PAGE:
Gene Ontology (GO) analysis revealed that key genes were mainly enriched in ion transmembrane transport, collagen-containing extracellular matrix, transporter complex, and extracellular matrix structural constituent. The main Kyoto Encyclopedia of Genes and Genomes (KEGG) pathways were neuroactive ligand-receptor interaction and cytokine-cytokine receptor interaction [Figure 1E].
The HER2+ differential genes were compared with basal, lumA, and lumB, respectively, to screen key genes that distinguish HER2+ subtypes from other subtypes. As a result, DRD4, UTS2, and GLP1R were obtained as key genes present only in the HER2+ subtype [Figure 1B]. DRD4 and UTS2 were upregulated, while GLP1R was downregulated.
The expression values of DRD4, UTS2, and GLP1R were compared in the four subtypes and the normal samples, respectively. The results showed that the expression of UTS2 was significantly higher in HER2+ subtype than in other subtypes and normal samples. In contrast, the expression values of GLP1R in HER2+ were lower than those in other subtypes and normal samples [Figure 1F].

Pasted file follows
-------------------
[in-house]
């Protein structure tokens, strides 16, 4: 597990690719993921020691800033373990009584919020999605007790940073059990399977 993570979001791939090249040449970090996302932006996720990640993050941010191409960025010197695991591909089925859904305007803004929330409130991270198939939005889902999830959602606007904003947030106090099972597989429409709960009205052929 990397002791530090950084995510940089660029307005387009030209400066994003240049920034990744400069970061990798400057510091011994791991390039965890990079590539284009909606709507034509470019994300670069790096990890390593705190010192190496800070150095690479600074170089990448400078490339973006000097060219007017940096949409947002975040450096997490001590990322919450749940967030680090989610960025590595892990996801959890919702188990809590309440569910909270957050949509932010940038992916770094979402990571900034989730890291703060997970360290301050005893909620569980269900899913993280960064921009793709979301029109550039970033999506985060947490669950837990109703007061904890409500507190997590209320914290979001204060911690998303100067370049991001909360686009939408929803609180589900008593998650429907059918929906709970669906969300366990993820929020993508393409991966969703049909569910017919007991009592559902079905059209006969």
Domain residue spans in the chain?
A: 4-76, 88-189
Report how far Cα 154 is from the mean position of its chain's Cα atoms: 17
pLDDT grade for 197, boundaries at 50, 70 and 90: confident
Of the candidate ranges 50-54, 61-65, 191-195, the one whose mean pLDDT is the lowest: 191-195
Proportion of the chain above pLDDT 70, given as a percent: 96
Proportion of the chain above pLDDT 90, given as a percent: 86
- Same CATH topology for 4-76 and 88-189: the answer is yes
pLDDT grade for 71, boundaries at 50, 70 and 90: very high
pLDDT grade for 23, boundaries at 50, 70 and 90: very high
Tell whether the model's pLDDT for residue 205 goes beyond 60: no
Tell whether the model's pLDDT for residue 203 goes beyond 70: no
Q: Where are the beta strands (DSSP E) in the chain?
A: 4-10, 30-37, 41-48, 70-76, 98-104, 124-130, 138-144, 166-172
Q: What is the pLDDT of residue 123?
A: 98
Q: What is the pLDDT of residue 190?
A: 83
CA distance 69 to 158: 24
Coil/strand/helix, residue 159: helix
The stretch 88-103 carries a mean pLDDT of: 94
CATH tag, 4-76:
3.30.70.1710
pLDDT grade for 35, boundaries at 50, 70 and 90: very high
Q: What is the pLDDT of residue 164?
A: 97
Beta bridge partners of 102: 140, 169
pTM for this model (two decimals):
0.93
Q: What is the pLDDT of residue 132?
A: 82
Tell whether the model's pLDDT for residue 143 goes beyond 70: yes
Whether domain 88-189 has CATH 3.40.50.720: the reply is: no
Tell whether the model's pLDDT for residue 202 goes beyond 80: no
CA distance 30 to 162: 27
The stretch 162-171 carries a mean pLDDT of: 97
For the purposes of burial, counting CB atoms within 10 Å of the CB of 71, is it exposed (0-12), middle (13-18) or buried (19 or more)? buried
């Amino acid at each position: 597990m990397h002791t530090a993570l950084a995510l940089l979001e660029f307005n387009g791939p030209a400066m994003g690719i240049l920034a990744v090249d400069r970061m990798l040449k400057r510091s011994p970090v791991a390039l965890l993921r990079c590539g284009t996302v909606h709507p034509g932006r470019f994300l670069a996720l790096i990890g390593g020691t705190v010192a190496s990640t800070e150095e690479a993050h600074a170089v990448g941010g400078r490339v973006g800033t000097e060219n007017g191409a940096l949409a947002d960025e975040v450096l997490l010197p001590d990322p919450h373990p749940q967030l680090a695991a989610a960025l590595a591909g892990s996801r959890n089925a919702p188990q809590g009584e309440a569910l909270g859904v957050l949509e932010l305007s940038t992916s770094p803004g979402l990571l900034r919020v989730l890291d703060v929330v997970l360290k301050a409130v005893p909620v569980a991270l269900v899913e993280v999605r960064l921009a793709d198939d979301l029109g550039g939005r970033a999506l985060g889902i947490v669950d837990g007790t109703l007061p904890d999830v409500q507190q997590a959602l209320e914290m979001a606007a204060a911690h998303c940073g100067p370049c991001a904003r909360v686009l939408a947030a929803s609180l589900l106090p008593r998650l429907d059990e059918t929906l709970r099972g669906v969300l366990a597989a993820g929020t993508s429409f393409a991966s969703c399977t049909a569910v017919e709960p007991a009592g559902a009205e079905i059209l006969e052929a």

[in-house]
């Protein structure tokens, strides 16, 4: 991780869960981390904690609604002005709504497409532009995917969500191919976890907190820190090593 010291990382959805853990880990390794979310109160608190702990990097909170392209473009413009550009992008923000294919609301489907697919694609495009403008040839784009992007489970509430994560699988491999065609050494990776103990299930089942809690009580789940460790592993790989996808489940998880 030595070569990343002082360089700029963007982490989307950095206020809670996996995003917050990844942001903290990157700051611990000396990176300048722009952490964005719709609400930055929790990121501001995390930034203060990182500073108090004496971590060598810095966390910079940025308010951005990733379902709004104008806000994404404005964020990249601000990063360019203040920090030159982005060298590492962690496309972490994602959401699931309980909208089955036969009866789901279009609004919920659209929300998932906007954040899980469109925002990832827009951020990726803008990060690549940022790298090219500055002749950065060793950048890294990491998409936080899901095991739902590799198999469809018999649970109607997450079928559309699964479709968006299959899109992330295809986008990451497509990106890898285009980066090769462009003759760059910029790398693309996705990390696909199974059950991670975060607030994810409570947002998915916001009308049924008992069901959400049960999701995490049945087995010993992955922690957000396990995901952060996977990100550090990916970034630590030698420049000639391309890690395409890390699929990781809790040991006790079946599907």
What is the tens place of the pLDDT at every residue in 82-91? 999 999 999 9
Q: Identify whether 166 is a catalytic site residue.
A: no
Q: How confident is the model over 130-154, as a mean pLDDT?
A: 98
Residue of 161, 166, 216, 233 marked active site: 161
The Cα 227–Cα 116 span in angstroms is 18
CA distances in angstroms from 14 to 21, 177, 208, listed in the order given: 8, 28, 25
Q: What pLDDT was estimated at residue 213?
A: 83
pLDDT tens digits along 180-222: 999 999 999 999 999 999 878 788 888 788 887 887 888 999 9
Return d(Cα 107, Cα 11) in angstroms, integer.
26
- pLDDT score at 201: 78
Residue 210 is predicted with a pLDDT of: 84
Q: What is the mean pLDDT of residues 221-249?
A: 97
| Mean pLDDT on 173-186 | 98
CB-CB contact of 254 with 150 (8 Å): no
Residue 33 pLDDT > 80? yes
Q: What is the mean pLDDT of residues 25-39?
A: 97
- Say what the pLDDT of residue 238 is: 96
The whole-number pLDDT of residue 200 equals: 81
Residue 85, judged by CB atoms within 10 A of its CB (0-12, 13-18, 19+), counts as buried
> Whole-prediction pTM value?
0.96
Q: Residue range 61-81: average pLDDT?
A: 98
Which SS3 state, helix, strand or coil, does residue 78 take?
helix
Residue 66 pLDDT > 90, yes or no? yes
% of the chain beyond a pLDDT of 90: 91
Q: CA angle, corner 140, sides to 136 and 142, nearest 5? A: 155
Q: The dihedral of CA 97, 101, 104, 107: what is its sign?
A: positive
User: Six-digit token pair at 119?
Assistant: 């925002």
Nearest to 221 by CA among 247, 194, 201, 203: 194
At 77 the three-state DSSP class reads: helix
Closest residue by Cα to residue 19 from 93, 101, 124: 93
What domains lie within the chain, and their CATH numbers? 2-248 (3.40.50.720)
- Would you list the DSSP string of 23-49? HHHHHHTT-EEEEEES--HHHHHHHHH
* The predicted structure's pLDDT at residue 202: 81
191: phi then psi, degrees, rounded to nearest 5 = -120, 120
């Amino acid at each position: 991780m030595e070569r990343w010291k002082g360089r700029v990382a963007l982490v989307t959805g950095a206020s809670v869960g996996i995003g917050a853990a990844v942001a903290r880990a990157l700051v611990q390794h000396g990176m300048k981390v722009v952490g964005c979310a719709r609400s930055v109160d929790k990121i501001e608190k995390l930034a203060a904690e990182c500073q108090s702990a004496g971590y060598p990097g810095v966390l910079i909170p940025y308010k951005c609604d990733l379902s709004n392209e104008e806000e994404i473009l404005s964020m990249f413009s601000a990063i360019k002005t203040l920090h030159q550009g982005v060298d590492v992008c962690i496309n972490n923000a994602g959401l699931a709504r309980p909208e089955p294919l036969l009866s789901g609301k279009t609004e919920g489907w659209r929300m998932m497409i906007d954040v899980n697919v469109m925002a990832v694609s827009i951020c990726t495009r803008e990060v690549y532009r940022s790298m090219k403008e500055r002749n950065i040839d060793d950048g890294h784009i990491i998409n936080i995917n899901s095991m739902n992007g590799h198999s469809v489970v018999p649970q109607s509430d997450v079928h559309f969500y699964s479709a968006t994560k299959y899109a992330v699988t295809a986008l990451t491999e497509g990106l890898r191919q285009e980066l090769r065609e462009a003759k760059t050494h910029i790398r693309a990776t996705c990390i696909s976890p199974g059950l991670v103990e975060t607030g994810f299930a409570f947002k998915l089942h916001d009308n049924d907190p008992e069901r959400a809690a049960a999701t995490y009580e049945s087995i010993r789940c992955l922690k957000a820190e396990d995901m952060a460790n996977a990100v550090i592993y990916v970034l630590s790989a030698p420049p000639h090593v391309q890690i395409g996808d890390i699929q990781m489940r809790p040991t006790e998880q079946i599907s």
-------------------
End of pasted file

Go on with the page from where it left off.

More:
The PROGgeneV2 (http://genomics.jefferson.edu/proggene/) database was used to see the impact of UTS2, DRD4, and GLP1R expression on the prognosis of HER2+ patients. The data used for survival analysis was GSE6130 from the Gene Expression Omnibus (GEO) database. The clinical features of GSE6130 are shown in Supplementary Table 2, https://links.lww.com/CM9/B268. Results showed that patients with low DRD4 and GLP1R expression had more down survival times than those with high expression, while patients with high UTS2 expression had even lower survival rates [Figure 1G, H]. Similarly, looking at the effect of UTS2, DRD4, and GLP1R on survival in breast cancer patients through the Gene Expression Profiling Interactive Analysis (GEPIA) (http://gepia.cancer-pku.cn/) database yielded the same results as above [Figure 1G, H].
The above results suggest that UTS2 is a key gene associated with HER2+ prognosis. The accuracy of the results was further verified by using the Human Protein Atlas (HPA) database (http://www.proteinatlas.org/) to view its expression in normal breast tissue and breast cancer tissue, which showed that the protein expression level of UTS2 was significantly higher in breast cancer than in normal tissue [Figure 1I].